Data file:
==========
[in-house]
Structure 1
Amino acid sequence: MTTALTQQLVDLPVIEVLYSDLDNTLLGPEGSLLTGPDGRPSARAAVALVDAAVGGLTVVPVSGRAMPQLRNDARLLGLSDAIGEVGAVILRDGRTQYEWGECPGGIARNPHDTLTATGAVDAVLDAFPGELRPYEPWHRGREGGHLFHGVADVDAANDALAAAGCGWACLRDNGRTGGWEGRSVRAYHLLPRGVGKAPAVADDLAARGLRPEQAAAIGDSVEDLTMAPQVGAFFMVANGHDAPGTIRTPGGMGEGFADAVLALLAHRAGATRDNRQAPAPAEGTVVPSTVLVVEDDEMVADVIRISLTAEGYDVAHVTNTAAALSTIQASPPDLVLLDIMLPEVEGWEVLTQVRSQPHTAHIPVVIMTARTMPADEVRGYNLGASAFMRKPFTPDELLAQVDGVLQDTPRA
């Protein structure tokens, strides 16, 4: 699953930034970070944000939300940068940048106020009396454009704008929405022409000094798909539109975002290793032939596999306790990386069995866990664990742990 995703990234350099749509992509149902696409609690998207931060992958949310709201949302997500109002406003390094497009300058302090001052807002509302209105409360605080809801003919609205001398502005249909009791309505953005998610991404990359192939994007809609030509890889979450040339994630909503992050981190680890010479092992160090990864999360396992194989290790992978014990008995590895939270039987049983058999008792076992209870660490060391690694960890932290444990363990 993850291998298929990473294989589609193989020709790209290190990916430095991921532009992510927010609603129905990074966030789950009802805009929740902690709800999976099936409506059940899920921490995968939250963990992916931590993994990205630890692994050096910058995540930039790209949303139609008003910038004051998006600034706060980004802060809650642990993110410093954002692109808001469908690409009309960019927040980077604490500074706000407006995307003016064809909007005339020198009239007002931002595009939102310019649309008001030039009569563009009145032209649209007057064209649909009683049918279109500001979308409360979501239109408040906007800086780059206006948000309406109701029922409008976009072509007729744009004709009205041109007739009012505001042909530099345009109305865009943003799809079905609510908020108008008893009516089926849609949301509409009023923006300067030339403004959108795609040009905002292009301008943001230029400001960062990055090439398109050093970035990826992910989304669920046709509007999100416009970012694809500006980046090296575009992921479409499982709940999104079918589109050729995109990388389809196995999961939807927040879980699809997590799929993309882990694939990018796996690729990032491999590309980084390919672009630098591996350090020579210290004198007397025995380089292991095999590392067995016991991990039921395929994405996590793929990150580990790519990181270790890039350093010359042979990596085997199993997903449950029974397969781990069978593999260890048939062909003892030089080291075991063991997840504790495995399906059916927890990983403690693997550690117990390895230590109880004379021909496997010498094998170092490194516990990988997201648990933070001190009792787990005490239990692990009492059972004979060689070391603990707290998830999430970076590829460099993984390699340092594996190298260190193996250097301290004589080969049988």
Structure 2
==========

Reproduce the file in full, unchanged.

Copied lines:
[in-house]
Structure 1
Amino acid sequence: MTTALTQQLVDLPVIEVLYSDLDNTLLGPEGSLLTGPDGRPSARAAVALVDAAVGGLTVVPVSGRAMPQLRNDARLLGLSDAIGEVGAVILRDGRTQYEWGECPGGIARNPHDTLTATGAVDAVLDAFPGELRPYEPWHRGREGGHLFHGVADVDAANDALAAAGCGWACLRDNGRTGGWEGRSVRAYHLLPRGVGKAPAVADDLAARGLRPEQAAAIGDSVEDLTMAPQVGAFFMVANGHDAPGTIRTPGGMGEGFADAVLALLAHRAGATRDNRQAPAPAEGTVVPSTVLVVEDDEMVADVIRISLTAEGYDVAHVTNTAAALSTIQASPPDLVLLDIMLPEVEGWEVLTQVRSQPHTAHIPVVIMTARTMPADEVRGYNLGASAFMRKPFTPDELLAQVDGVLQDTPRA
């Protein structure tokens, strides 16, 4: 699953930034970070944000939300940068940048106020009396454009704008929405022409000094798909539109975002290793032939596999306790990386069995866990664990742990 995703990234350099749509992509149902696409609690998207931060992958949310709201949302997500109002406003390094497009300058302090001052807002509302209105409360605080809801003919609205001398502005249909009791309505953005998610991404990359192939994007809609030509890889979450040339994630909503992050981190680890010479092992160090990864999360396992194989290790992978014990008995590895939270039987049983058999008792076992209870660490060391690694960890932290444990363990 993850291998298929990473294989589609193989020709790209290190990916430095991921532009992510927010609603129905990074966030789950009802805009929740902690709800999976099936409506059940899920921490995968939250963990992916931590993994990205630890692994050096910058995540930039790209949303139609008003910038004051998006600034706060980004802060809650642990993110410093954002692109808001469908690409009309960019927040980077604490500074706000407006995307003016064809909007005339020198009239007002931002595009939102310019649309008001030039009569563009009145032209649209007057064209649909009683049918279109500001979308409360979501239109408040906007800086780059206006948000309406109701029922409008976009072509007729744009004709009205041109007739009012505001042909530099345009109305865009943003799809079905609510908020108008008893009516089926849609949301509409009023923006300067030339403004959108795609040009905002292009301008943001230029400001960062990055090439398109050093970035990826992910989304669920046709509007999100416009970012694809500006980046090296575009992921479409499982709940999104079918589109050729995109990388389809196995999961939807927040879980699809997590799929993309882990694939990018796996690729990032491999590309980084390919672009630098591996350090020579210290004198007397025995380089292991095999590392067995016991991990039921395929994405996590793929990150580990790519990181270790890039350093010359042979990596085997199993997903449950029974397969781990069978593999260890048939062909003892030089080291075991063991997840504790495995399906059916927890990983403690693997550690117990390895230590109880004379021909496997010498094998170092490194516990990988997201648990933070001190009792787990005490239990692990009492059972004979060689070391603990707290998830999430970076590829460099993984390699340092594996190298260190193996250097301290004589080969049988």
Structure 2